1. Maui Morning
2. Ku’u Home O Kahalu’u
3. Pua Lililehua
4. Honolulu City Lights
5. Lei Pikake
6. Mauna Loa
7. Pupu Hinuhinu
9. Lei Nani
10. Morning Dew
11. Pua Tubarose
12. The Hawaiian Wedding Song
Available on iTunes only (click here to view)
“Maui Morning” is a unique instrumental recording featuring world-renowned shakuhachi (Japanese bamboo flute) master, Riley Lee (of Hawai`i and Australia) and Maui born Jeff Peterson, who, as a youth, learned to play slack key guitar from the paniolo (cowboys) at Haleakala Ranch. Lee is a seasoned recording artist who, at the time of this release, had some 40 albums under his belt, while Peterson, who has studied with some of the world’s best classical and jazz guitarists, and is himself a music teacher, composer, and slack key virtuoso.
Never before has there been such a recording! The shakuhachi has not been used in either traditional or contemporary Hawaiian music ensembles. No “standard” repertoire of duets exists for the shakuhachi and guitar. Together Lee and Peterson assembled a collection of favorite Island melodies and set about making beautiful music together. Here are ten Hawaiian classics that span the generations, an original title track composed by Jeff Peterson, and a version of the ever-popular “Hawaiian Wedding Song” that is appropriate for use in wedding ceremonies.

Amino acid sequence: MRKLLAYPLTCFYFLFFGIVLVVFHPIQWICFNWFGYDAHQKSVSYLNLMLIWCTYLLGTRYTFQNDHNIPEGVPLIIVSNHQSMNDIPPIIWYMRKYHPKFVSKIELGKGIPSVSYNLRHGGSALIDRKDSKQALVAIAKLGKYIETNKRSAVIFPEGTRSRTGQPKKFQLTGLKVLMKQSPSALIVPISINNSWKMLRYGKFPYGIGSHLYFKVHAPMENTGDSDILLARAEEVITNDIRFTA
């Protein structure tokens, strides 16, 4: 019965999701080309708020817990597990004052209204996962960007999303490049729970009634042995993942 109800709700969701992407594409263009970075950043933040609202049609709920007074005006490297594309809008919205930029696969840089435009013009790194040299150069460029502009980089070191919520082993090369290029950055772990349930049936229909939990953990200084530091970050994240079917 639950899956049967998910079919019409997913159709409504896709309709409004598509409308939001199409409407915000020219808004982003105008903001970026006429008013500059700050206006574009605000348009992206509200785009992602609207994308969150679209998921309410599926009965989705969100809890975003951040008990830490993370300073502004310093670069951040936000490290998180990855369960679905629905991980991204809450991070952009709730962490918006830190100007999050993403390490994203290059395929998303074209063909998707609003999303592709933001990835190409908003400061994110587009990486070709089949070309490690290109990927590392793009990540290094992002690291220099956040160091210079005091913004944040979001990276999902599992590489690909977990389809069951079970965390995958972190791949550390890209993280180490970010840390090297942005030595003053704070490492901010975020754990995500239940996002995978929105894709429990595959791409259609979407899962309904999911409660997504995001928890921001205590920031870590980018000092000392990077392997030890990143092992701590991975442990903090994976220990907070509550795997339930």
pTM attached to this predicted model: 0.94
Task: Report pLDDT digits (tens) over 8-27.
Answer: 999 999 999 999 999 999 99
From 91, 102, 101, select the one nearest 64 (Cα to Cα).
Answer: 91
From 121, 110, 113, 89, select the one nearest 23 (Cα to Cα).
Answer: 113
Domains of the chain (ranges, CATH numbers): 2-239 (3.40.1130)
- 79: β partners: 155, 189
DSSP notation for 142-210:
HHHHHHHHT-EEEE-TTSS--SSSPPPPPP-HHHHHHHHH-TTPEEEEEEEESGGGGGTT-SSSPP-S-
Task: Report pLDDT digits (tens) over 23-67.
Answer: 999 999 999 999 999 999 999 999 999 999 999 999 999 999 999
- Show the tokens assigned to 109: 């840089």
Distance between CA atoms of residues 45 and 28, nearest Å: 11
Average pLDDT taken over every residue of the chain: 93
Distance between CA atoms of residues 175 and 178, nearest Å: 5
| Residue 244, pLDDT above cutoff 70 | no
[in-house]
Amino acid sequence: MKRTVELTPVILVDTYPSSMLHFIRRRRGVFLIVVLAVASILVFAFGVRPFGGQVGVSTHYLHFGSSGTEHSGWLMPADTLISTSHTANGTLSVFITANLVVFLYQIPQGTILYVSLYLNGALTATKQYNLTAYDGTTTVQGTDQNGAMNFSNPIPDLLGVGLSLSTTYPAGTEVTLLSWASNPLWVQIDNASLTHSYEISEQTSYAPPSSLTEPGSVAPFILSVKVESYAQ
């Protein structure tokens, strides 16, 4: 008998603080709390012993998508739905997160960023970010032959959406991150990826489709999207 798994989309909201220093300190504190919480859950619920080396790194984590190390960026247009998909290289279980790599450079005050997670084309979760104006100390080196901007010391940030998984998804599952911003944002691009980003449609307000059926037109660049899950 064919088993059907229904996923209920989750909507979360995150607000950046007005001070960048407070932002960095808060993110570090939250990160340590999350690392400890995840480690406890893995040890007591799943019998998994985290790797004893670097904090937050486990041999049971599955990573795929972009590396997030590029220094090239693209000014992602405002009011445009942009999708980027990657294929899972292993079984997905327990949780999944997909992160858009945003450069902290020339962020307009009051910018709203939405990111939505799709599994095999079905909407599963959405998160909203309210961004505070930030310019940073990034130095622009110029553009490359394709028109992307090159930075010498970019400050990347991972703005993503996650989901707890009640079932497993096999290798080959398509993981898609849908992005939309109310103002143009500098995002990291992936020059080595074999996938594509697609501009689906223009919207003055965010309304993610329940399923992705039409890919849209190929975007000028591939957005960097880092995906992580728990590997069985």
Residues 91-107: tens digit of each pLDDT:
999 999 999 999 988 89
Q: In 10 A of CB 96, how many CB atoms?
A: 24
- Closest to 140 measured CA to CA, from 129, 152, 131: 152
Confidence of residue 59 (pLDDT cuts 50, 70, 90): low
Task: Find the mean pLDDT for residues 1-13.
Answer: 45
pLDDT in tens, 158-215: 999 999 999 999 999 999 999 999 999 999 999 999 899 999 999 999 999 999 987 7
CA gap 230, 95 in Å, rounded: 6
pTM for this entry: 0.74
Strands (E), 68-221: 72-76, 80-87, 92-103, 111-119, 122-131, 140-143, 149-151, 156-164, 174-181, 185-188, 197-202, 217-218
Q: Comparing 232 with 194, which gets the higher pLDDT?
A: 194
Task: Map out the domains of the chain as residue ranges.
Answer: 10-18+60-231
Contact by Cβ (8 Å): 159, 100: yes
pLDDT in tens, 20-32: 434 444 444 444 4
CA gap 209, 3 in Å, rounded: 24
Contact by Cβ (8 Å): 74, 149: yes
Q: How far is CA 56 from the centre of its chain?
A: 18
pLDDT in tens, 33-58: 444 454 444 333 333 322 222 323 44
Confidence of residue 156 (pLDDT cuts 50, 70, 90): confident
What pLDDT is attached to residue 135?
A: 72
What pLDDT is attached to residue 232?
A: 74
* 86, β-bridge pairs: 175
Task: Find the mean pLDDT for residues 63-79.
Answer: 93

From Riley Lee:
Jeff Peterson and I first met in 1999, a few days before a shakuhachi concert I was to give in Honolulu. I had wanted to perform with a guitarist. Having grown up in the Islands, I was particularly interested in one who could play in the uniquely Hawaiian slack key style in which the keys holding the strings in place are slackened to make possible a multitude of different tunings. Jeff was highly recommended by a number of people in Hawai`i.
There is, of course, no “standard” repertoire of duets for the shakuhachi and guitar. Via phone and email we each suggested a few pieces, classical and originals, that we thought might work. The first concert at Orvis Auditorium on the Manoa Campus of the University of Hawai`I, went so well that we did a series of three the following year on Maui, Kaua`i, and at the Academy of Arts in Honolulu.
To my knowledge, the shakuhachi has not been used in either traditional or contemporary Hawaiian music ensembles. I think it should be. The shakuhachi can play the soft melodies and enhance the rich harmonies of the music. It can slide and bend pitches like the Hawaiian steel guitar and it fits so well with slack key guitar.
The question is, why hasn’t a recording like this one been produced before? It is because the right people had to come together before it could happen. This recording certainly won’t be the last on from this duo!
For me, playing the music on this recording with Jeff is like a homecoming. It has been a long time coming.